If you're shopping for a new mobe on a two year contract and like the look of a Windows Phone, chances are you'll be compelled to undergo an OS upgrade or face using a handset that's not supported by the end of your deal.
The document also says Windows Phone 8 is already past its “lifecycle start date”, aka the point at which Microsoft starts counting down to the end of support.
Those who enjoy death riding Microsoft's mobile efforts, which have never achieved success commensurate with the company's size and influence, could see the short life of Windows Phone 8 as a sign Redmond is backing away from the mobile phone, the better to concentrate on its Surface hybrid tablet devices.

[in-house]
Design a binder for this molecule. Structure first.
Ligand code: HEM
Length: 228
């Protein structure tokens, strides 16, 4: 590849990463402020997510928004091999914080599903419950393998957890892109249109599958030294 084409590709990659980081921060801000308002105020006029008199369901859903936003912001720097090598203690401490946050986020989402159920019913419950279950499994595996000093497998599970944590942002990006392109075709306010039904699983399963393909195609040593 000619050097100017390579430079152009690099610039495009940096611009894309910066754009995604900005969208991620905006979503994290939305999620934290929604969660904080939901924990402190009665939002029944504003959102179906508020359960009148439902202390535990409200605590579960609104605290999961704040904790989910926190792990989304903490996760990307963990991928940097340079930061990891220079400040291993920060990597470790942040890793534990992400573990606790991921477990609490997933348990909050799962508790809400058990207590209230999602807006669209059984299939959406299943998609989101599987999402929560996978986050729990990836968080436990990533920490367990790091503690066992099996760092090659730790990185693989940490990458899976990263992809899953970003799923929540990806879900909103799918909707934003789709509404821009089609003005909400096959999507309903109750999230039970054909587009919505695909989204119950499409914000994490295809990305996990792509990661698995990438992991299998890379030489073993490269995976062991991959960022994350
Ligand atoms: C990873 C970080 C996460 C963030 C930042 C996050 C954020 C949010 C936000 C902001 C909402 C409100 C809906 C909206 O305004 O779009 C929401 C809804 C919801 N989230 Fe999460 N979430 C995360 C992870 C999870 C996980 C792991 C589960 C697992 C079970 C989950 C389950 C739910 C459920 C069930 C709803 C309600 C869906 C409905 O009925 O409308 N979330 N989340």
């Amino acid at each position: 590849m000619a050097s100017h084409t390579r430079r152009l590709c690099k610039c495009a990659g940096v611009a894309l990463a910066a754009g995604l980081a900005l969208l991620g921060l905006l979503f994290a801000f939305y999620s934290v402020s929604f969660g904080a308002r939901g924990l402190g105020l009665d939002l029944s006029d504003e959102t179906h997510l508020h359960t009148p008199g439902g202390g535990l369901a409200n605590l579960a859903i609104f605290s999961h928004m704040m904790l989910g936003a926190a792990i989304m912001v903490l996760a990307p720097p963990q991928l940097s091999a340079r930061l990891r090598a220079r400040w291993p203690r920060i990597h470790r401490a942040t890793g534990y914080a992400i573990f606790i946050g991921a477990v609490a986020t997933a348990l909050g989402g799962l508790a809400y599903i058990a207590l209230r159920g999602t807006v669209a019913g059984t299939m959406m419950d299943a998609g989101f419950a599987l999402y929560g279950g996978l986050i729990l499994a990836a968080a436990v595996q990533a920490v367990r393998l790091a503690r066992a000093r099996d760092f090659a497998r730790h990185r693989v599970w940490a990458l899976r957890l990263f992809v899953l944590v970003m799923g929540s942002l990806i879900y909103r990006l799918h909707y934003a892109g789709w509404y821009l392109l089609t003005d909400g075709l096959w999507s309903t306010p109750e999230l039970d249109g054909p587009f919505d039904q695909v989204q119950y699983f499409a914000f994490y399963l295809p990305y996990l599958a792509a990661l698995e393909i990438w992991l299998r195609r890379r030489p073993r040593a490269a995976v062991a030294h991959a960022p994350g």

A more favourable and sensible interpretation could suggest the swift demise of Windows Phone 8 is actually a sign of strong ongoing support for Windows Phone, as if Microsoft already knows the day on which it will shut down support for Phone 8 it must have either Windows Phone 8.5 or Windows Phone 9 ready to go pretty soon now.
In this scenario Microsoft is hustling out near-annual OS revisions, the same pace as Apple and a little faster than major Android releases. It's also notifying the world of its intentions with admirably ample amounts of time to prepare for the upgrade.
Let's assume that the second scenario is the correct interpretation for Windows Phone 8's not-too-distant death notice and consider one last constituency: developers. Might they have something to worry about?
Microsoft's history is one of remarkable consistency when it comes to backwards-compatibility. It's very hard to imagine it would step away from that policy on mobile phones. ®